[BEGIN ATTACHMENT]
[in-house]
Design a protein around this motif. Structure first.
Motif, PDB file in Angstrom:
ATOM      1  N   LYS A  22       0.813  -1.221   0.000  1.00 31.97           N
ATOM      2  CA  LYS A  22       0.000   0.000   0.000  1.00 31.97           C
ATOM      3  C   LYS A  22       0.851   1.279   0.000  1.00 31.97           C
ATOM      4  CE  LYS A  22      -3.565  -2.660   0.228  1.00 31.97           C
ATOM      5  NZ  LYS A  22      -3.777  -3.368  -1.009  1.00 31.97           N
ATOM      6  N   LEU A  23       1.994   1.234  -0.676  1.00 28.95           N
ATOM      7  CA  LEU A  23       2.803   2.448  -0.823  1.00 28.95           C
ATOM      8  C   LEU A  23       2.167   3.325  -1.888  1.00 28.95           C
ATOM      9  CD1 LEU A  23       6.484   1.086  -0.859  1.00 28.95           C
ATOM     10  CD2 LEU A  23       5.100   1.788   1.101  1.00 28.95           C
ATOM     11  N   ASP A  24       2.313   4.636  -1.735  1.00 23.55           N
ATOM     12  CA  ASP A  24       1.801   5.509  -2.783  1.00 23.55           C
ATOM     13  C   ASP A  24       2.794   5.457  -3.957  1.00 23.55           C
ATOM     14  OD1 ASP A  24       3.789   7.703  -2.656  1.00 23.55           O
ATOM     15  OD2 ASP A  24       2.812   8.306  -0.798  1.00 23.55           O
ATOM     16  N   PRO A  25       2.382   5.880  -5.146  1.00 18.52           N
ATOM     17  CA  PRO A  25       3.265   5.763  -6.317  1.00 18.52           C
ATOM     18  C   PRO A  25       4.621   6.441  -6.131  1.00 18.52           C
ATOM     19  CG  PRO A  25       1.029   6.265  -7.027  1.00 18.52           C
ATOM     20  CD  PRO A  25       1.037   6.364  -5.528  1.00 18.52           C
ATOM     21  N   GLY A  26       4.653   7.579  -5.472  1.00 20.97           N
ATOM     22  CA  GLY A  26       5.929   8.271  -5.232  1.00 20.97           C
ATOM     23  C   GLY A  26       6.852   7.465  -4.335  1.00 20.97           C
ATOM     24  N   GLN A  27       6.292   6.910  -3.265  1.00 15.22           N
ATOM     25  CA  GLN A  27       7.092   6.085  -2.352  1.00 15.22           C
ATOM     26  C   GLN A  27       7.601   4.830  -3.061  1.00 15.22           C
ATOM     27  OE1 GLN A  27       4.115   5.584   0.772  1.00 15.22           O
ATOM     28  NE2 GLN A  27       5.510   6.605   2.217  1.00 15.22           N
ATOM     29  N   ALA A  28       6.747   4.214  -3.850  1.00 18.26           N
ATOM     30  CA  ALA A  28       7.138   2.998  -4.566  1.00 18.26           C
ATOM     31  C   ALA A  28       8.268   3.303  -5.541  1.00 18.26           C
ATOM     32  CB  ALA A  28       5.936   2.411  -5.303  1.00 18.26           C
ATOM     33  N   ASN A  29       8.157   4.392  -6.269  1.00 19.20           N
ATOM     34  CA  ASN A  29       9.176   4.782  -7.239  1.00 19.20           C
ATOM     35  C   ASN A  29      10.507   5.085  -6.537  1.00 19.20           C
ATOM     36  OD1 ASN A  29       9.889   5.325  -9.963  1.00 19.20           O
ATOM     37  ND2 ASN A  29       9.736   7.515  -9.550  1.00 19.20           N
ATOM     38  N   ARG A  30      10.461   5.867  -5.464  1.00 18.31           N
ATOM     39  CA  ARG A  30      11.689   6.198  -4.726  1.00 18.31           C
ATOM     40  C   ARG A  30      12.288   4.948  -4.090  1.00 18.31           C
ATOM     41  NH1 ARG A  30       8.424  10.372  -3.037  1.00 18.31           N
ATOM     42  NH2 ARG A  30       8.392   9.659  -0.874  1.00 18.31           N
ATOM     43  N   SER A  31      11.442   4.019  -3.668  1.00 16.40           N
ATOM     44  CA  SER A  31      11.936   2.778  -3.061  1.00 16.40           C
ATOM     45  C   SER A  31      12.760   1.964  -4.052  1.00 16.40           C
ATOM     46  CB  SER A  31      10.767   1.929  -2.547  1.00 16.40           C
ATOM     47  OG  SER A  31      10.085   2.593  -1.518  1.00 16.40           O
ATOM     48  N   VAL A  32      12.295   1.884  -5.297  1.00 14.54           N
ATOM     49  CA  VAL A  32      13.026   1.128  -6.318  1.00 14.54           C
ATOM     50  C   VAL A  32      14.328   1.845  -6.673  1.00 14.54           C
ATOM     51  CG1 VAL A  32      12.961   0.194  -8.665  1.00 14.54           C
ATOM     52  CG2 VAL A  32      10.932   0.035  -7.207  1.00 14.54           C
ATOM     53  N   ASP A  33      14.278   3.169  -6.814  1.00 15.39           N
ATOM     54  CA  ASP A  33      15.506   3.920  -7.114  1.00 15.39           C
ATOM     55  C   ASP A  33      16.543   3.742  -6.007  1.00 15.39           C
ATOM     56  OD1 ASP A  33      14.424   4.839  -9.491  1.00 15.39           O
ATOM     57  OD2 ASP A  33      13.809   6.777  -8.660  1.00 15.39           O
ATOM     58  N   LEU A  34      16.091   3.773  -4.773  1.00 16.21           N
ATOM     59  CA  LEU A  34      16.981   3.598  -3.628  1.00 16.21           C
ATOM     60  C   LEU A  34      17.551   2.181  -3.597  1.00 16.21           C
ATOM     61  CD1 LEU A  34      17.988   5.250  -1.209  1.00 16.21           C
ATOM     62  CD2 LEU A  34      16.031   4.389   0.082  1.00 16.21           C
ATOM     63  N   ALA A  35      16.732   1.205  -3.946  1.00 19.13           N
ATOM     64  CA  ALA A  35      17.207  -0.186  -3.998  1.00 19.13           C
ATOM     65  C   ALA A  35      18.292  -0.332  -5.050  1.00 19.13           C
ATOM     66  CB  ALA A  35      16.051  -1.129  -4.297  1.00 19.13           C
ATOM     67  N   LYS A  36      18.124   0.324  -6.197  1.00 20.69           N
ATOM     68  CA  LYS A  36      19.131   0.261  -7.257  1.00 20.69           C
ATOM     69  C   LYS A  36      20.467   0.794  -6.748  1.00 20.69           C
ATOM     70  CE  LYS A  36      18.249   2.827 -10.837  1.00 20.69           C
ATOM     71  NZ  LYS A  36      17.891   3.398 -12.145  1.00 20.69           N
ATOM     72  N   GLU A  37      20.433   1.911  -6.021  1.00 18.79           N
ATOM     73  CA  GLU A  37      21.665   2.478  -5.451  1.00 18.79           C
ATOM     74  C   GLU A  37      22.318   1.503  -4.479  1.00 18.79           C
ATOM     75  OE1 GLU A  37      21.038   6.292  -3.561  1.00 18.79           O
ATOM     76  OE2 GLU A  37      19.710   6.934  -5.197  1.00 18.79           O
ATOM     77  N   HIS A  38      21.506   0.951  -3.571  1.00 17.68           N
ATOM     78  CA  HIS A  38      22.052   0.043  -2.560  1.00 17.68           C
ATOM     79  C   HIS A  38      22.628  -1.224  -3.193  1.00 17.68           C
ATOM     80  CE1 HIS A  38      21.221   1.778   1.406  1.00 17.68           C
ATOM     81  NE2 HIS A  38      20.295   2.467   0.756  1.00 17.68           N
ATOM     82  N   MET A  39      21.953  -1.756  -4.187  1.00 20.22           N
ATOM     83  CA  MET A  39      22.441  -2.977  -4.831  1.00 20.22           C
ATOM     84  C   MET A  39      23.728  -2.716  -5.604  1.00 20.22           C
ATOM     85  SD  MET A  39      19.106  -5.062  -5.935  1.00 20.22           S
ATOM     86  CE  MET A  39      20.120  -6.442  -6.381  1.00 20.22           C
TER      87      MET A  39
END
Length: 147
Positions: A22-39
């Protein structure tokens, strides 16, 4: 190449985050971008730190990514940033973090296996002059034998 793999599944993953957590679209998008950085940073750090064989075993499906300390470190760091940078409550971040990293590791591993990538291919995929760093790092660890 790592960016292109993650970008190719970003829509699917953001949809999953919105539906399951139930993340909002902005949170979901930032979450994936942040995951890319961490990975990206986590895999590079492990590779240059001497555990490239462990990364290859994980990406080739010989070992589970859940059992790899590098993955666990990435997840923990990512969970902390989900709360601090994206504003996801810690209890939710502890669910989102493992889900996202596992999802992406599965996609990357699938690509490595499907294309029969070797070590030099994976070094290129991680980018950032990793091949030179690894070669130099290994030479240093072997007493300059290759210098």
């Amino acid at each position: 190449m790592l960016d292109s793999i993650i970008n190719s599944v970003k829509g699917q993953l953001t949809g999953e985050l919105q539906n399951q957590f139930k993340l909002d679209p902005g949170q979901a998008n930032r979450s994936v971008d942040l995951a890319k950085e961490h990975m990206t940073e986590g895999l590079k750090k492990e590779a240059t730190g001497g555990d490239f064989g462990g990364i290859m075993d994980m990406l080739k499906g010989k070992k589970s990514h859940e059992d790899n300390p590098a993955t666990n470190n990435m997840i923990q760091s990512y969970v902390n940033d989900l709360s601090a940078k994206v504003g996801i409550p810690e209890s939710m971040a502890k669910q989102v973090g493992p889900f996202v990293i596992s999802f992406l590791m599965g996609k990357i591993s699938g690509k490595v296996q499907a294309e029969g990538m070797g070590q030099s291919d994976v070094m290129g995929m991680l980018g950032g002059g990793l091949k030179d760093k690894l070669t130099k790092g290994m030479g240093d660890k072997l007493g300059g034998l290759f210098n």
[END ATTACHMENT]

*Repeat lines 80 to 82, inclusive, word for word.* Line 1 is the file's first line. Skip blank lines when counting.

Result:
ATOM     77  N   HIS A  38      21.506   0.951  -3.571  1.00 17.68           N
ATOM     78  CA  HIS A  38      22.052   0.043  -2.560  1.00 17.68           C
ATOM     79  C   HIS A  38      22.628  -1.224  -3.193  1.00 17.68           C